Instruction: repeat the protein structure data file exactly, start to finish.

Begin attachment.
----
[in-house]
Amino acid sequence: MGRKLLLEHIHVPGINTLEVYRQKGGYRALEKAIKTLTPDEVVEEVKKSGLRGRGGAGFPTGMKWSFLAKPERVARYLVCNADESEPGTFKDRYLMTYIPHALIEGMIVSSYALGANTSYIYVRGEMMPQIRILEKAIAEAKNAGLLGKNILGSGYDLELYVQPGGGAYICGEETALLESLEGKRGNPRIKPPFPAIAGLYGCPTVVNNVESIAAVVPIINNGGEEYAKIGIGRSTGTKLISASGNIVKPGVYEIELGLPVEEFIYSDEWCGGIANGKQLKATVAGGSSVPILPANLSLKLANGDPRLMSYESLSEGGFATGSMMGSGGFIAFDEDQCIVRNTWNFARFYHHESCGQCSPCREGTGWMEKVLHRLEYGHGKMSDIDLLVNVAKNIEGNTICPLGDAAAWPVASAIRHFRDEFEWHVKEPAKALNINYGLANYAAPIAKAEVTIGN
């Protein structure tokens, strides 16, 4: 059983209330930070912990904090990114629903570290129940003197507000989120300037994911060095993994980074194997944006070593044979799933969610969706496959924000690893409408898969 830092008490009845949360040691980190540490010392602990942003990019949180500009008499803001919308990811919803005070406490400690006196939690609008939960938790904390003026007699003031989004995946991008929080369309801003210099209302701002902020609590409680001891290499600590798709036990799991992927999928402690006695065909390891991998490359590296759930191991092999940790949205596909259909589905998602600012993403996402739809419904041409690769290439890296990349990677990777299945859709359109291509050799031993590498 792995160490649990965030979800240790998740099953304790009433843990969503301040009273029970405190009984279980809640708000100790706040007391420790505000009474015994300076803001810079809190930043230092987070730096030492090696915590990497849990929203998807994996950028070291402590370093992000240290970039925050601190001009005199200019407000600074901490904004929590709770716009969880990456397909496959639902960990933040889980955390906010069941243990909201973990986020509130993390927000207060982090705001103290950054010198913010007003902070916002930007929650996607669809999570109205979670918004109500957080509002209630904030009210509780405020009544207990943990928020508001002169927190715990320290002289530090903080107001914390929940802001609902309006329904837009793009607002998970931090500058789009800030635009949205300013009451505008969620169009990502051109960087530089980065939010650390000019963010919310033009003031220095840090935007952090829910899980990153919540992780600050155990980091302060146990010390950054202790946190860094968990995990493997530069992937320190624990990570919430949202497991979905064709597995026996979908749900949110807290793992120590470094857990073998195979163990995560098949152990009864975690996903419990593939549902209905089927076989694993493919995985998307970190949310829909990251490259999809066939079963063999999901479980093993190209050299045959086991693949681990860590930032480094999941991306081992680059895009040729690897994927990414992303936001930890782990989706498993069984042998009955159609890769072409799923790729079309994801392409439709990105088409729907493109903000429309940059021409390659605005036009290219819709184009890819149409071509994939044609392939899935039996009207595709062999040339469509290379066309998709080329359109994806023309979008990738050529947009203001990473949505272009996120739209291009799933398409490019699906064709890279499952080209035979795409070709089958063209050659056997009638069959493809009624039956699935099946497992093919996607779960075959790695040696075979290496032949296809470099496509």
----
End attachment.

[in-house]
Amino acid sequence: MGRKLLLEHIHVPGINTLEVYRQKGGYRALEKAIKTLTPDEVVEEVKKSGLRGRGGAGFPTGMKWSFLAKPERVARYLVCNADESEPGTFKDRYLMTYIPHALIEGMIVSSYALGANTSYIYVRGEMMPQIRILEKAIAEAKNAGLLGKNILGSGYDLELYVQPGGGAYICGEETALLESLEGKRGNPRIKPPFPAIAGLYGCPTVVNNVESIAAVVPIINNGGEEYAKIGIGRSTGTKLISASGNIVKPGVYEIELGLPVEEFIYSDEWCGGIANGKQLKATVAGGSSVPILPANLSLKLANGDPRLMSYESLSEGGFATGSMMGSGGFIAFDEDQCIVRNTWNFARFYHHESCGQCSPCREGTGWMEKVLHRLEYGHGKMSDIDLLVNVAKNIEGNTICPLGDAAAWPVASAIRHFRDEFEWHVKEPAKALNINYGLANYAAPIAKAEVTIGN
């Protein structure tokens, strides 16, 4: 059983209330930070912990904090990114629903570290129940003197507000989120300037994911060095993994980074194997944006070593044979799933969610969706496959924000690893409408898969 830092008490009845949360040691980190540490010392602990942003990019949180500009008499803001919308990811919803005070406490400690006196939690609008939960938790904390003026007699003031989004995946991008929080369309801003210099209302701002902020609590409680001891290499600590798709036990799991992927999928402690006695065909390891991998490359590296759930191991092999940790949205596909259909589905998602600012993403996402739809419904041409690769290439890296990349990677990777299945859709359109291509050799031993590498 792995160490649990965030979800240790998740099953304790009433843990969503301040009273029970405190009984279980809640708000100790706040007391420790505000009474015994300076803001810079809190930043230092987070730096030492090696915590990497849990929203998807994996950028070291402590370093992000240290970039925050601190001009005199200019407000600074901490904004929590709770716009969880990456397909496959639902960990933040889980955390906010069941243990909201973990986020509130993390927000207060982090705001103290950054010198913010007003902070916002930007929650996607669809999570109205979670918004109500957080509002209630904030009210509780405020009544207990943990928020508001002169927190715990320290002289530090903080107001914390929940802001609902309006329904837009793009607002998970931090500058789009800030635009949205300013009451505008969620169009990502051109960087530089980065939010650390000019963010919310033009003031220095840090935007952090829910899980990153919540992780600050155990980091302060146990010390950054202790946190860094968990995990493997530069992937320190624990990570919430949202497991979905064709597995026996979908749900949110807290793992120590470094857990073998195979163990995560098949152990009864975690996903419990593939549902209905089927076989694993493919995985998307970190949310829909990251490259999809066939079963063999999901479980093993190209050299045959086991693949681990860590930032480094999941991306081992680059895009040729690897994927990414992303936001930890782990989706498993069984042998009955159609890769072409799923790729079309994801392409439709990105088409729907493109903000429309940059021409390659605005036009290219819709184009890819149409071509994939044609392939899935039996009207595709062999040339469509290379066309998709080329359109994806023309979008990738050529947009203001990473949505272009996120739209291009799933398409490019699906064709890279499952080209035979795409070709089958063209050659056997009638069959493809009624039956699935099946497992093919996607779960075959790695040696075979290496032949296809470099496509």